The federal government today defended its decision to pause a test of the new cap that promises to control the Gulf oil leak, as oil continued to spew from BP's broken well.
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BP began tonight the process of testing the 150,000-pound cap that it hopes will ultimately contain the Gulf oil flow completely. Government scientists and the Coast Guard had put the integrity test on hold out of concern that a misstep could make the leak even worse.
"We did this to make sure that we were taking due care, and in some cases, maybe an overabundance of caution to make sure we didn't do any irreversible harm to the well," Coast Guard Adm. Thad Allen said in a news conference today. "It was advisable to take a 24-hour break to make sure we're getting it right."
On the 86th day of the crisis, Louisiana Gov. Bobby Jindal expressed support for the decision, underscoring the high stakes.
"We're at a point where we can't afford to make this worse," Jindal said. "We cannot afford for them to do damage to this well."
Once the test begins, BP will slowly close three valves on the cap, one section at a time. Pressure will be increased at six-hour intervals, with higher pressures indicating that the cap has worked and oil is no longer leaking. BP will monitor the pressure readings minute by minute.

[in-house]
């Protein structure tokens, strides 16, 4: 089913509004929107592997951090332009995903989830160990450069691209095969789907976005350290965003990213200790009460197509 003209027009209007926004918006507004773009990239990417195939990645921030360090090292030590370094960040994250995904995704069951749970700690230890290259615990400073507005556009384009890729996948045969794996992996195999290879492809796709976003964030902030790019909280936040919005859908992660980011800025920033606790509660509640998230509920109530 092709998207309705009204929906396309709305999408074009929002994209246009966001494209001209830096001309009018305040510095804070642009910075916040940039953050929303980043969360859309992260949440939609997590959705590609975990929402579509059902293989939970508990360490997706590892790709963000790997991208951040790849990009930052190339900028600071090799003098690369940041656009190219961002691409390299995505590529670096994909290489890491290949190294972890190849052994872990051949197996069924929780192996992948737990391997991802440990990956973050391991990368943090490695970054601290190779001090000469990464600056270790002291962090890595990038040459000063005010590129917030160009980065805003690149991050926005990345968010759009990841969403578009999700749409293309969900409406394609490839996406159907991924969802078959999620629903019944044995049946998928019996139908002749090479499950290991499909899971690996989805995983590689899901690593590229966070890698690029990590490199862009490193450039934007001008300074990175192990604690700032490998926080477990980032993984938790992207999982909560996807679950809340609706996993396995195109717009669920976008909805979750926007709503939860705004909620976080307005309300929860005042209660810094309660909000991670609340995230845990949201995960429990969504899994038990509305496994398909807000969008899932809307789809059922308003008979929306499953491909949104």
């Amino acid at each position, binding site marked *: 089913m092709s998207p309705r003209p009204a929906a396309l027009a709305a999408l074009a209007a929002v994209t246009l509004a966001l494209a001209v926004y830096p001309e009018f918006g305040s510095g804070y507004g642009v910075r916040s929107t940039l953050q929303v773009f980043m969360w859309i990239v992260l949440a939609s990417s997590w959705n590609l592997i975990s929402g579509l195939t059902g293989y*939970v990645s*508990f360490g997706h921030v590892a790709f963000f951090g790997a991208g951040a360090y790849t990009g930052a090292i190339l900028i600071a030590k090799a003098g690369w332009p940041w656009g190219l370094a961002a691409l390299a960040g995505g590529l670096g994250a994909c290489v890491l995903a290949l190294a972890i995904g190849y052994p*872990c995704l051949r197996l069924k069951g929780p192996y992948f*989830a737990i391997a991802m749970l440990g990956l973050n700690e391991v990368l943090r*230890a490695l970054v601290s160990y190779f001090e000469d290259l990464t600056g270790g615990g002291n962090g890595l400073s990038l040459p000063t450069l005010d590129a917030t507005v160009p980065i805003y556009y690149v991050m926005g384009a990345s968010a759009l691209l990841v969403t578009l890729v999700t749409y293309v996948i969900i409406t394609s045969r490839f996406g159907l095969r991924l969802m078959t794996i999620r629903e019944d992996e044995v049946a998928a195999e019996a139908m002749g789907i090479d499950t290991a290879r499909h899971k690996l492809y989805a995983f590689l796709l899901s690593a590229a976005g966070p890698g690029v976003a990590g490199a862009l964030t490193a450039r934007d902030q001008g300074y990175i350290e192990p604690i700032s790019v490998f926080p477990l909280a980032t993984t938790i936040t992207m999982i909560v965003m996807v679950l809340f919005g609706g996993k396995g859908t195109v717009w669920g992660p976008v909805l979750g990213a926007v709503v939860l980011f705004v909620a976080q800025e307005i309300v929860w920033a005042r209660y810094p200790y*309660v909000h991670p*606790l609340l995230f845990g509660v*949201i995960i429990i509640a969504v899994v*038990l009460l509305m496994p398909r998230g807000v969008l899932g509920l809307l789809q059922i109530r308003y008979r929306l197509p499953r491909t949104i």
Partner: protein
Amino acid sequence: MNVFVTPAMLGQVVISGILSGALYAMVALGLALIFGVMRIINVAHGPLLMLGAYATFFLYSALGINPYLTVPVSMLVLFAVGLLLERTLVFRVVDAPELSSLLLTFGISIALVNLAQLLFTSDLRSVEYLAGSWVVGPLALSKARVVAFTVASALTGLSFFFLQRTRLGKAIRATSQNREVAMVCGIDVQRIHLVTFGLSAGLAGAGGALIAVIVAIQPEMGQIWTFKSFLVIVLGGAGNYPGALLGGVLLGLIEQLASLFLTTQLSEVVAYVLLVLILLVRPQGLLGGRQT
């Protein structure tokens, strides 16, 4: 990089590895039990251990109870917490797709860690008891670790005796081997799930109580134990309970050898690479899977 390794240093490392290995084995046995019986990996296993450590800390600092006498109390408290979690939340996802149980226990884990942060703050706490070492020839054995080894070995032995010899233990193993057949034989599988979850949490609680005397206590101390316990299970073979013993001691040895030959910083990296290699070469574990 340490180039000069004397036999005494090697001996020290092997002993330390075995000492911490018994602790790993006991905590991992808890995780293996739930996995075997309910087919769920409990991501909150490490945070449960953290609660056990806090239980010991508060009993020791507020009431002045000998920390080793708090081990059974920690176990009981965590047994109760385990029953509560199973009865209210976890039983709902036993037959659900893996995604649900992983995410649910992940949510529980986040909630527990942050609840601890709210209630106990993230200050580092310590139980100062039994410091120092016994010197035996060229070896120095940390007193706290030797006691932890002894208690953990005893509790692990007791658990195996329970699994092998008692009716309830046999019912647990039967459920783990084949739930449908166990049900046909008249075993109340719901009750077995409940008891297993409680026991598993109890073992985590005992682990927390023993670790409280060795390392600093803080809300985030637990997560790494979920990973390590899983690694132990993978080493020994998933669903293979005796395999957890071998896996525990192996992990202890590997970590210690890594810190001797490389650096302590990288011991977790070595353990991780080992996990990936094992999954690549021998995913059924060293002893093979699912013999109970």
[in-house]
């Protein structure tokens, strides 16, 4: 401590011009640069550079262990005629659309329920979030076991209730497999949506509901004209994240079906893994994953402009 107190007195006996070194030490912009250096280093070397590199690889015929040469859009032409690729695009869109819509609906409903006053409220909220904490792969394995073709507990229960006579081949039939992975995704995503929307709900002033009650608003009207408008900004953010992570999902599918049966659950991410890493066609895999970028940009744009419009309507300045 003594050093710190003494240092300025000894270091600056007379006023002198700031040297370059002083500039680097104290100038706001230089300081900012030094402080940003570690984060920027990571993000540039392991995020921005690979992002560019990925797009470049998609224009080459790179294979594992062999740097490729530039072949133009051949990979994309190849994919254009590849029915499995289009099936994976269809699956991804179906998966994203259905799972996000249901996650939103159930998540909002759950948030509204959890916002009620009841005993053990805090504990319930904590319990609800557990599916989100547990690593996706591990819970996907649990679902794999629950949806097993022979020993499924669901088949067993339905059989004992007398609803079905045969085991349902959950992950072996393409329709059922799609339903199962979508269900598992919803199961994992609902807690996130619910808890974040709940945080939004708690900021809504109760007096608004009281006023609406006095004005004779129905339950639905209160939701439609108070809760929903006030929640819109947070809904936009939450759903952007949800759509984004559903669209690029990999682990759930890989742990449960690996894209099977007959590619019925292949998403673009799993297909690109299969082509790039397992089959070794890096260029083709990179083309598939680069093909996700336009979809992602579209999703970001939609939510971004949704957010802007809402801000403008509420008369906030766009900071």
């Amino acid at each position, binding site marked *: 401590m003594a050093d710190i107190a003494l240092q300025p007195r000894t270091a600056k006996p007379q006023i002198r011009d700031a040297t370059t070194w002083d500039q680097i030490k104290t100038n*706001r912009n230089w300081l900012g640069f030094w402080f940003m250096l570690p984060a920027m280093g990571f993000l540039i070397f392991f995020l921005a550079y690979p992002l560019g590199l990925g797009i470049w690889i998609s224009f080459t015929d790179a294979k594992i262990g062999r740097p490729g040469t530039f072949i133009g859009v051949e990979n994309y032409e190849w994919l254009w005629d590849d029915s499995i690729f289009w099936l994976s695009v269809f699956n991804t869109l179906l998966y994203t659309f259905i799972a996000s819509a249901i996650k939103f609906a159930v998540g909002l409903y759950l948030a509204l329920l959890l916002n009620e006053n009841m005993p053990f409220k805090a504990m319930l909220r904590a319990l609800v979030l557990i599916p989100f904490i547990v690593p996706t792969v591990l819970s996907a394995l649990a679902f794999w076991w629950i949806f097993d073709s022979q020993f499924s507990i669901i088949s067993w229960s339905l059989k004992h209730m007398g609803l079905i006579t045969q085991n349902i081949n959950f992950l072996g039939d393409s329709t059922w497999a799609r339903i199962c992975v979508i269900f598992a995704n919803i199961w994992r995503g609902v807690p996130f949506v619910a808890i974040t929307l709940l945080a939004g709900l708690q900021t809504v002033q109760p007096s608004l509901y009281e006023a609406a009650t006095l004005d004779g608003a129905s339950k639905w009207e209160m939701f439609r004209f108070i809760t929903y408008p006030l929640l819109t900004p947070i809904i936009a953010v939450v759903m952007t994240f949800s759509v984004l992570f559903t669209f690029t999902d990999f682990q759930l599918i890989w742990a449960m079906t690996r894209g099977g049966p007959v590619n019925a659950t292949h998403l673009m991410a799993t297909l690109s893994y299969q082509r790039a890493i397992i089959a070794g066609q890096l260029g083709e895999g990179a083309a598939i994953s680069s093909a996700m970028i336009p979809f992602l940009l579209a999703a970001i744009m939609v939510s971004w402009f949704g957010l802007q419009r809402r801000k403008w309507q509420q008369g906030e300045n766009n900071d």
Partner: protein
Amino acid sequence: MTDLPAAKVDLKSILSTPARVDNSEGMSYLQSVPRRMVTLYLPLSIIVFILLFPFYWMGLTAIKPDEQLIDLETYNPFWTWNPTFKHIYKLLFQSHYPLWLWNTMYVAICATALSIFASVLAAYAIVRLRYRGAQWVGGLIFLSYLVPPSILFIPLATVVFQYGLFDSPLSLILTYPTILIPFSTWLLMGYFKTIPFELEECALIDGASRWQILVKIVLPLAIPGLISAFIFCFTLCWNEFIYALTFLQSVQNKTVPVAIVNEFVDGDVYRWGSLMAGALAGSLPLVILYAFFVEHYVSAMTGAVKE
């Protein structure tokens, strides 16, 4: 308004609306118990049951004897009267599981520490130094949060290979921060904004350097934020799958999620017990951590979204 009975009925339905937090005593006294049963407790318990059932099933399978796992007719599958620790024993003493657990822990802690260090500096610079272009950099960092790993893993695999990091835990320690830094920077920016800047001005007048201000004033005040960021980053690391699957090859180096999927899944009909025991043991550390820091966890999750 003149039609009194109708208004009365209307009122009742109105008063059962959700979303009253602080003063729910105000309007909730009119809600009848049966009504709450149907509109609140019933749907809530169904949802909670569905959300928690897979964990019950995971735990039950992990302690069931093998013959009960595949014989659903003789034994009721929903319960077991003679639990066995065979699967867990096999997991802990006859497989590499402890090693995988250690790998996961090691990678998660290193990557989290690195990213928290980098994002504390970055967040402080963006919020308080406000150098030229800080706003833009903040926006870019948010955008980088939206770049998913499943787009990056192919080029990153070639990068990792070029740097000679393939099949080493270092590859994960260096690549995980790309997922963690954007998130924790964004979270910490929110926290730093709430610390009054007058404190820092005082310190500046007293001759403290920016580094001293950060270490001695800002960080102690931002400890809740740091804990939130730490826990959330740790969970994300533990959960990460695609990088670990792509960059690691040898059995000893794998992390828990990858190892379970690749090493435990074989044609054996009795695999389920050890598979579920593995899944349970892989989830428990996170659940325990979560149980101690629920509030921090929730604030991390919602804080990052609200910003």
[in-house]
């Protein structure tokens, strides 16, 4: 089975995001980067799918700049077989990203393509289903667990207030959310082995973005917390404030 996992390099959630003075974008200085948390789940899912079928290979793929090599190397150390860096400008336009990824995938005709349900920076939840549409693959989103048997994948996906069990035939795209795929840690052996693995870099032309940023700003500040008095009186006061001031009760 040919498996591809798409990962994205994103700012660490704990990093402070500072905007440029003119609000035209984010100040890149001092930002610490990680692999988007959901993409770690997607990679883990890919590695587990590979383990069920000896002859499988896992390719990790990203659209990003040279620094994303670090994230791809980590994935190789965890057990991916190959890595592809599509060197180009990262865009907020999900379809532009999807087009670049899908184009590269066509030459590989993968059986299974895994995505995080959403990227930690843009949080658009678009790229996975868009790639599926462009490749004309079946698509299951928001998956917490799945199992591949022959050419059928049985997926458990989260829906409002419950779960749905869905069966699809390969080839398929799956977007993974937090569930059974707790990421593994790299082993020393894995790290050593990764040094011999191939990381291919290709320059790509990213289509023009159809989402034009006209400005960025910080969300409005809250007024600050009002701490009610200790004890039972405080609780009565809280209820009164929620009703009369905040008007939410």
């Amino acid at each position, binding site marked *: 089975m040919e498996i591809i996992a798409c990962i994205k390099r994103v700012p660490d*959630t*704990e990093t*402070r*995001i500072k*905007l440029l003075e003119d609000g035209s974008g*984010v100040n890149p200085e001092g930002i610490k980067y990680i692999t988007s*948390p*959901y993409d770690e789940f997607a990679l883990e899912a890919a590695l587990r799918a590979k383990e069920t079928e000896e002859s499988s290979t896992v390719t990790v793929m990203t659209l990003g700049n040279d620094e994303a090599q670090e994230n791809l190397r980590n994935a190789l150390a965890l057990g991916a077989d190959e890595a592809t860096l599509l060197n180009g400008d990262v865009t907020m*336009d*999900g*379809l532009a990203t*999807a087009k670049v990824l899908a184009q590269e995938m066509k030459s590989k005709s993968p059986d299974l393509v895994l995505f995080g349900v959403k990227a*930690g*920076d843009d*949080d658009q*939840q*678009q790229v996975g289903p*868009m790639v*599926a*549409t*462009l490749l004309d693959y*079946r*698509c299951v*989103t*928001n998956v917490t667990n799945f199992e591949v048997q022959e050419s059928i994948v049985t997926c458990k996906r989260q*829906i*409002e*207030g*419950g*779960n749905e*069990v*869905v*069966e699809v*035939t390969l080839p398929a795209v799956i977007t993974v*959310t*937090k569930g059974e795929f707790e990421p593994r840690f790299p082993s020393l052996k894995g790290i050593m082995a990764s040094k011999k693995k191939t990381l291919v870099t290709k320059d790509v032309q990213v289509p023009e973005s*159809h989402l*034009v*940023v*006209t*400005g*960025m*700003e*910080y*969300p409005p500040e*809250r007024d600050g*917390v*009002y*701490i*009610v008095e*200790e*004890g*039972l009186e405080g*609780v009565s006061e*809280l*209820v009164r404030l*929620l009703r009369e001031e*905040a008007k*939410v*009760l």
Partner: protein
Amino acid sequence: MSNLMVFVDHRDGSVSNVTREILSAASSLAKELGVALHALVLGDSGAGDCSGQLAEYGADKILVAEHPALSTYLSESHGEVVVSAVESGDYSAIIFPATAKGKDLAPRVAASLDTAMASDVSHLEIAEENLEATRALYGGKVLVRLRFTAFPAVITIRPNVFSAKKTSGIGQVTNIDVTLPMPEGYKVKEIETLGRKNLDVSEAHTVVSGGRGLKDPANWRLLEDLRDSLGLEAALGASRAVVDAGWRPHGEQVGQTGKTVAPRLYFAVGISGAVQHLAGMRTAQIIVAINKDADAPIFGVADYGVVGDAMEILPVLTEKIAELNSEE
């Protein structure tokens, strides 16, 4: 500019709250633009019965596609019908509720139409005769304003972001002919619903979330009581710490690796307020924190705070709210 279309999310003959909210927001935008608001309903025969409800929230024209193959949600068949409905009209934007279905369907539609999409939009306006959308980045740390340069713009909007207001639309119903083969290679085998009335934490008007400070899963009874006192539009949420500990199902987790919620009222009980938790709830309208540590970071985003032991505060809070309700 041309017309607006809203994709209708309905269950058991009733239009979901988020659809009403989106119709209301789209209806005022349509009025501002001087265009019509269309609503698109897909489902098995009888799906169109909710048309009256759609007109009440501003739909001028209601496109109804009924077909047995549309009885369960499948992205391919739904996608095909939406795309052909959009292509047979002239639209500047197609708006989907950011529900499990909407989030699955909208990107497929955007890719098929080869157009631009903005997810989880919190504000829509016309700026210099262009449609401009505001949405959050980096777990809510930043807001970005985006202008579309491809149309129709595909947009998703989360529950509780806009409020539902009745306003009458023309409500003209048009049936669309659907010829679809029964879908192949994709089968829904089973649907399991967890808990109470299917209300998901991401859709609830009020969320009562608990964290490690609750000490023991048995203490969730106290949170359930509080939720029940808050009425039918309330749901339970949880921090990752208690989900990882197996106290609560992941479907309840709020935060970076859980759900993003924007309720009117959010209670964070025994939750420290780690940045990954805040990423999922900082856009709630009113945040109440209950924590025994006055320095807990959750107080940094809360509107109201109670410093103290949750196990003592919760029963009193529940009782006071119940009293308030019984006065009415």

While the test is going on, BP will disconnect the vessels collecting oil, the Helix Producer and the Q4000. In their place, 40 skimmers are standing by to collect any oil that makes its way to the surface.
Concerns about the plan center on the piping inside the blown out well that extends about 13,000 feet into the sea floor. If there are any weak spots in that pipe, high pressures could spring new leaks.
"They have to be very careful when they close it down," said Dr. Don Van Nieuwenhuise, a professor of geoscience at the University of Houston. "[They have to] make sure that pressure doesn't come up quickly and cause any of the pipes to rupture."
During the testing process, BP is also pausing its effort to drill relief wells, the permanent solution to plug the well that are now 4 feet away from the side of the well and 150 feet from the target depth.
ABC News' Russell Goldman contributed to this report.